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Archive for the ‘Dispelling Anti-Transhumanist Tropes’ tag

May 30, 2014

TransEvolution (2014) by Daniel Estulin (@EstulinDaniel): Review

Posted by in categories: cyborgs, posthumanism, singularity, transhumanism

- @ClubOfINFOTransEvolution: The Coming Age of Human Deconstruction (2014) is an alarmist book by Daniel Estulin, a commentator on the secretive Bilderberg Group who is well-liked by many – in particular on conspiracy theorist forums. Essentially, this should be regarded as conspiracy theory material. My refutations of it are too many to cram into this review, so I will mainly focus on what the book itself says.

Daniel Estulin connects disparate events and sources to depict an elaborate conspiracy. The main starting claim of the book is a link between the 2005 Bilderberg Conference and the 2006 document Strategic Trends 2007–2036 prepared by the British government (p. 1–12). Estulin claims that the latter report’s predictions betray “Promethean” plans that represent “designs by the Bilderberg Group”.
The book makes the allegation that the economic pressure on the world today “is being done on purpose, absolutely on purpose. The reason is because our current corporate empire knows that “progress of humanity” means their imminent demise”. The “powers-that-be” destroy nation-states to maintain power, and “this is by design” (p. 13). Estulin decries international money flows and globalization, and promotes “physical economy” instead. To make a long story short, he describes the apparatus of globalization, integration, etc. as a clash between the nation-state and global oligarchy and frames this as a classic battle between good and evil respectively (p. 13–35). “The ideas of a nation-state republic and progress” are intrinsically connected (p. 34), Estulin argues, putting forward his preference for the old Jacobin ideological script of the Nineteenth Century rather than modern discourses on integration and communication.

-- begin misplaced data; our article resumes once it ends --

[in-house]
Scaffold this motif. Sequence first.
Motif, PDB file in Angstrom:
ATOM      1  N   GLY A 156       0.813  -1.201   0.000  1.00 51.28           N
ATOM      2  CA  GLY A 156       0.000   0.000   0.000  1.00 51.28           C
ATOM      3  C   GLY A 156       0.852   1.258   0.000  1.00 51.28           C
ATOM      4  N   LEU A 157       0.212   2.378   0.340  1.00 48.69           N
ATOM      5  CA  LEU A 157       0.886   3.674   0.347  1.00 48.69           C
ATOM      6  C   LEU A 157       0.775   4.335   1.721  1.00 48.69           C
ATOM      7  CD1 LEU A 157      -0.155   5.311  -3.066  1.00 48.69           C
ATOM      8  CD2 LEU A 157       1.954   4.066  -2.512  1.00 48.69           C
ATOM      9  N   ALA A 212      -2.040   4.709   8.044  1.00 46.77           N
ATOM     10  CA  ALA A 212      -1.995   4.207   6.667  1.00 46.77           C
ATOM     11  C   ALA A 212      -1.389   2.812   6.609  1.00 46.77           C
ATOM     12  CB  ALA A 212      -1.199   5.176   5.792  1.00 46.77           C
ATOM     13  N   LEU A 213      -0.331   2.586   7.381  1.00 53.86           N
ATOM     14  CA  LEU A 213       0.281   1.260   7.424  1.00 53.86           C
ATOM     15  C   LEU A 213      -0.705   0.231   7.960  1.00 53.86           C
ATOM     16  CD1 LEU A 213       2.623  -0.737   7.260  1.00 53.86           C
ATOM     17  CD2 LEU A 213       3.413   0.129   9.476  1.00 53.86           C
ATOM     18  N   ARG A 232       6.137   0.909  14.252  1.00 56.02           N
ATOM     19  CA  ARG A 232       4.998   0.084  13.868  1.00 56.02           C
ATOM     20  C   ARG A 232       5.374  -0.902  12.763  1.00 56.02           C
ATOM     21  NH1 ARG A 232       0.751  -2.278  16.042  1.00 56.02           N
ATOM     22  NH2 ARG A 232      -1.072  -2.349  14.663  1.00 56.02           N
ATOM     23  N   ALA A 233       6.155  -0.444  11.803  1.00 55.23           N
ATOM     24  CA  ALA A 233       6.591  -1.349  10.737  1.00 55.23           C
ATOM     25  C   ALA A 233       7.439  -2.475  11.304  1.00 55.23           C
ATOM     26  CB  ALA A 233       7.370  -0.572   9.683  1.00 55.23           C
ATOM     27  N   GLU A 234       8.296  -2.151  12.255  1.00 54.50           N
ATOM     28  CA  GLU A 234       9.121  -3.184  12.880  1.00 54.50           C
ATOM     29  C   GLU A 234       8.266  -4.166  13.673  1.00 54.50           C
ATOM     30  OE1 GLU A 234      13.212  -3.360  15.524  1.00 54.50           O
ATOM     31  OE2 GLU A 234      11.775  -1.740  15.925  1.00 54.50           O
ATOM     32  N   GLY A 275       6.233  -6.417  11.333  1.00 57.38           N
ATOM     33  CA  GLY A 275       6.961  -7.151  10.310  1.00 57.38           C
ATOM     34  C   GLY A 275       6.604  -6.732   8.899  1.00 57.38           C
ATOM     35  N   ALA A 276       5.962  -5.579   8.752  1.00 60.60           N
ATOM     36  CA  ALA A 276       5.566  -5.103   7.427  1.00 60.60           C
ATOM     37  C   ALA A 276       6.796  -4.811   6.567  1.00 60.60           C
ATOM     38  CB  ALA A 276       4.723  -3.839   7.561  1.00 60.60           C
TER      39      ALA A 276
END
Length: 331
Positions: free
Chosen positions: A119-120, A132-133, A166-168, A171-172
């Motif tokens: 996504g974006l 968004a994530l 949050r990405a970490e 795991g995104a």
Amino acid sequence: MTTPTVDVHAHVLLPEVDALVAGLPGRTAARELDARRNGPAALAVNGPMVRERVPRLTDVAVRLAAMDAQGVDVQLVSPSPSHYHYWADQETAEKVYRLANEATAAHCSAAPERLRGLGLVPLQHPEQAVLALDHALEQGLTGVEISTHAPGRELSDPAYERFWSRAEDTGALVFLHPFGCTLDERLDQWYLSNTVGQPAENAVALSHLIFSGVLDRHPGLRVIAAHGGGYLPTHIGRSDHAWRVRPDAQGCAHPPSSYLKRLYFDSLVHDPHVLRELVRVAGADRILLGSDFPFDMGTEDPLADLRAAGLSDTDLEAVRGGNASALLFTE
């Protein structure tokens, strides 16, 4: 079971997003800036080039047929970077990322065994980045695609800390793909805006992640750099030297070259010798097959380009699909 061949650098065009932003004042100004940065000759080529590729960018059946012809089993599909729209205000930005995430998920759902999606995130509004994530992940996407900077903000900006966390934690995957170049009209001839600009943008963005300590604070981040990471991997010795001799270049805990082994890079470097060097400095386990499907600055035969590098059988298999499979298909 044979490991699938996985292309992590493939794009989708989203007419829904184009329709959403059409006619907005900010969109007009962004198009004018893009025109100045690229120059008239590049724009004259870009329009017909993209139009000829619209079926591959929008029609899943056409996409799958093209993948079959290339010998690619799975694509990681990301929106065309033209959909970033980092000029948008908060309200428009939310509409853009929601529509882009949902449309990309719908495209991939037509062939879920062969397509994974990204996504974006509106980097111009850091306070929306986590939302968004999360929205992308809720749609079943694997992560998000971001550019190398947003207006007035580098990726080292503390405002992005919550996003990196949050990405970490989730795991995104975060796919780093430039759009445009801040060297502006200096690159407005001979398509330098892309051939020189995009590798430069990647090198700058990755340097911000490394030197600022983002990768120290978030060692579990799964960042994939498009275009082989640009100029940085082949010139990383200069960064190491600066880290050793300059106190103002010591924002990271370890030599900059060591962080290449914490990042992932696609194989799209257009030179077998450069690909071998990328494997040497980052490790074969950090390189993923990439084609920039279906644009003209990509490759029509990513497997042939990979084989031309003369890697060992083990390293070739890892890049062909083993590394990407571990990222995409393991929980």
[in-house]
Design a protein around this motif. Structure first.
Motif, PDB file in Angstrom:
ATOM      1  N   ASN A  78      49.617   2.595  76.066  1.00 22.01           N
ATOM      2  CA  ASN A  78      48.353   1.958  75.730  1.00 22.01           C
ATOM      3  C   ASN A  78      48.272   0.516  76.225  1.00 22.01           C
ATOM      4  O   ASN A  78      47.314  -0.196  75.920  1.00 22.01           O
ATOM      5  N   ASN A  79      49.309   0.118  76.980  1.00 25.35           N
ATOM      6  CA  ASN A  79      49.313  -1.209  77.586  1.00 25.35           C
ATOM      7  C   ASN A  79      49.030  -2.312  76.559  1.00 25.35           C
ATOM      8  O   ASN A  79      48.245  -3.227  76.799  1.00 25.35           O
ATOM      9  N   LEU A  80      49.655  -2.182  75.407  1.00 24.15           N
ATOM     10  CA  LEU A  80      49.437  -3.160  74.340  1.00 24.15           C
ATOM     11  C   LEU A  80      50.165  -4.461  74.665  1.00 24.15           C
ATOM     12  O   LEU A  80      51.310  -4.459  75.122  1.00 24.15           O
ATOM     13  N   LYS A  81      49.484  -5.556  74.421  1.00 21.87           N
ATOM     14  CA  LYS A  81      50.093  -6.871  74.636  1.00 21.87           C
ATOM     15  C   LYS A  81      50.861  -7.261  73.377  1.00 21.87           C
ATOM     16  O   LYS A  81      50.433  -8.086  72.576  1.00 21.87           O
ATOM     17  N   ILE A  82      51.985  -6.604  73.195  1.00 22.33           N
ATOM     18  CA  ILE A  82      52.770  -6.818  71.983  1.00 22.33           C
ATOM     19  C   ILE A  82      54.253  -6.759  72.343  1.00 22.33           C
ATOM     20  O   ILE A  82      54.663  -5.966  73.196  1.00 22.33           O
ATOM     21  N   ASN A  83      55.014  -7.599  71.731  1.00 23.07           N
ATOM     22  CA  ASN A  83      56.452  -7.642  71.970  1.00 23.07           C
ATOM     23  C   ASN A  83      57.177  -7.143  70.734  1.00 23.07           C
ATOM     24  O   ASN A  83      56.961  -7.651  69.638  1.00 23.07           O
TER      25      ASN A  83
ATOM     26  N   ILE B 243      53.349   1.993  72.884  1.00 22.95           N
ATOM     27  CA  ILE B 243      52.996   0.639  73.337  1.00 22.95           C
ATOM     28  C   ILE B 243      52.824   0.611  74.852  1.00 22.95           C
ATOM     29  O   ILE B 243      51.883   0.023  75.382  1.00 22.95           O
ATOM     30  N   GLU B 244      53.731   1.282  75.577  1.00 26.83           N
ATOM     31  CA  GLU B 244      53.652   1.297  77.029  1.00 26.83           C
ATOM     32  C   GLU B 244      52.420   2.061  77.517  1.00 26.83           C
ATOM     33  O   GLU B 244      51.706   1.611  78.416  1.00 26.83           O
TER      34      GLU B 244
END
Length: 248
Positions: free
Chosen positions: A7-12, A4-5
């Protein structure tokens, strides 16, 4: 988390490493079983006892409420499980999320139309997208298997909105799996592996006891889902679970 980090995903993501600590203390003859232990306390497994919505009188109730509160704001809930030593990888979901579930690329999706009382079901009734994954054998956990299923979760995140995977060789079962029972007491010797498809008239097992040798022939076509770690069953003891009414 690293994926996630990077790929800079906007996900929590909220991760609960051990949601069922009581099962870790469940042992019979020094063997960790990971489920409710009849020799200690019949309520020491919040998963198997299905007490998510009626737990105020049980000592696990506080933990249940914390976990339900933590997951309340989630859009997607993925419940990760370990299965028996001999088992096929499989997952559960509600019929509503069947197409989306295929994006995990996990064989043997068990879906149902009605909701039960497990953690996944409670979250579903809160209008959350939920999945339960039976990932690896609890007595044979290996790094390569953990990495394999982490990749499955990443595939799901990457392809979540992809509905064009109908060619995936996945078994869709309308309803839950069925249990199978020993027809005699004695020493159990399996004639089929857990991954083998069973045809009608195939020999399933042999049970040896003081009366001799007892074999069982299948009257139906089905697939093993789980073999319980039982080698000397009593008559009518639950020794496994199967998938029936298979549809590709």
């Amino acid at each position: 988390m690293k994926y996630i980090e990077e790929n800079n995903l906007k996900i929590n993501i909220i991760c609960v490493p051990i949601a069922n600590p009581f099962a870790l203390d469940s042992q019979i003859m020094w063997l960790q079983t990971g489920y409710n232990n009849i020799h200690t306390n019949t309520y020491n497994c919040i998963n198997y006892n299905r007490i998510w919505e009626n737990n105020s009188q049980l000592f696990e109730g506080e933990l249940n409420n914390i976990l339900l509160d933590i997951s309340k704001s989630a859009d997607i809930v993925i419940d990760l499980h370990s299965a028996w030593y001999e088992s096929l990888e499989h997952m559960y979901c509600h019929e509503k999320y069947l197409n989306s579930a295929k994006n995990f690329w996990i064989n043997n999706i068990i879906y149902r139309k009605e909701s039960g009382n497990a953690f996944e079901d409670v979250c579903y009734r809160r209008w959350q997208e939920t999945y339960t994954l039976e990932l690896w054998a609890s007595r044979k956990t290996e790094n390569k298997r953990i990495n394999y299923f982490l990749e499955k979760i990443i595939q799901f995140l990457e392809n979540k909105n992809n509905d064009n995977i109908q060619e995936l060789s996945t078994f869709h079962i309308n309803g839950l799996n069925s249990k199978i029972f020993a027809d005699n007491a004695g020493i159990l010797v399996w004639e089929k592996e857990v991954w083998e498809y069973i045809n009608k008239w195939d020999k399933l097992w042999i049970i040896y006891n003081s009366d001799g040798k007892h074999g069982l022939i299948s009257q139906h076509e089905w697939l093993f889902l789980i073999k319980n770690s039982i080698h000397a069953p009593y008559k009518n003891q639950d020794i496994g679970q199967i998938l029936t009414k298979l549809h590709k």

In his preference for the nation-state, Estulin attacks the WTO’s record on free trade, and makes criticisms that are provisionally valid. However, he confuses the tendency for weaker nations to be exploited through free trade with a conspiracy against the nation-state. The WTO’s commitment to what it calls free trade, a commitment to “One World, One Market”, reflects “anti-nation-state intent”, Estulin argues (p. 37–38).

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Jun 2, 2013

The Hubris of Neo-Luddism

Posted by in categories: human trajectories, policy

This essay was originally published by the Institute for Ethics & Emerging Technologies

One of the most common anti-Transhumanist tropes one finds recurring throughout Transhumanist rhetoric is our supposedly rampant hubris. Hubris is an ancient Greek concept meaning excess of pride that carries connotations of reckless vanity and heedless self-absorbment, often to the point of carelessly endangering the welfare of others in the process. It paints us in a selfish and dangerous light, as though we were striving for the technological betterment of ourselves alone and the improvement of the human condition solely as it pertains to ourselves, so as to be enhanced relative to the majority of humanity.

In no way is this correct or even salient. I, and the majority of Transhumanists, Techno-Progressives and emerging-tech-enthusiasts I would claim, work toward promoting beneficial outcomes and deliberating the repercussions and most desirable embodiments of radically-transformative technologies for the betterment of all mankind first and foremost, and only secondly for ourselves if at all.

The ired irony of this situation is that the very group who most often hails the charge of Hubris against the Transhumanist community is, according to the logic of hubris, more hubristic than those they rail their charge against. Bio-Luddites, and more generally Neo-Luddites, can be clearly seen to be more self-absorbed and recklessly-selfish than the Transhumanists they are so quick to raise qualms against.

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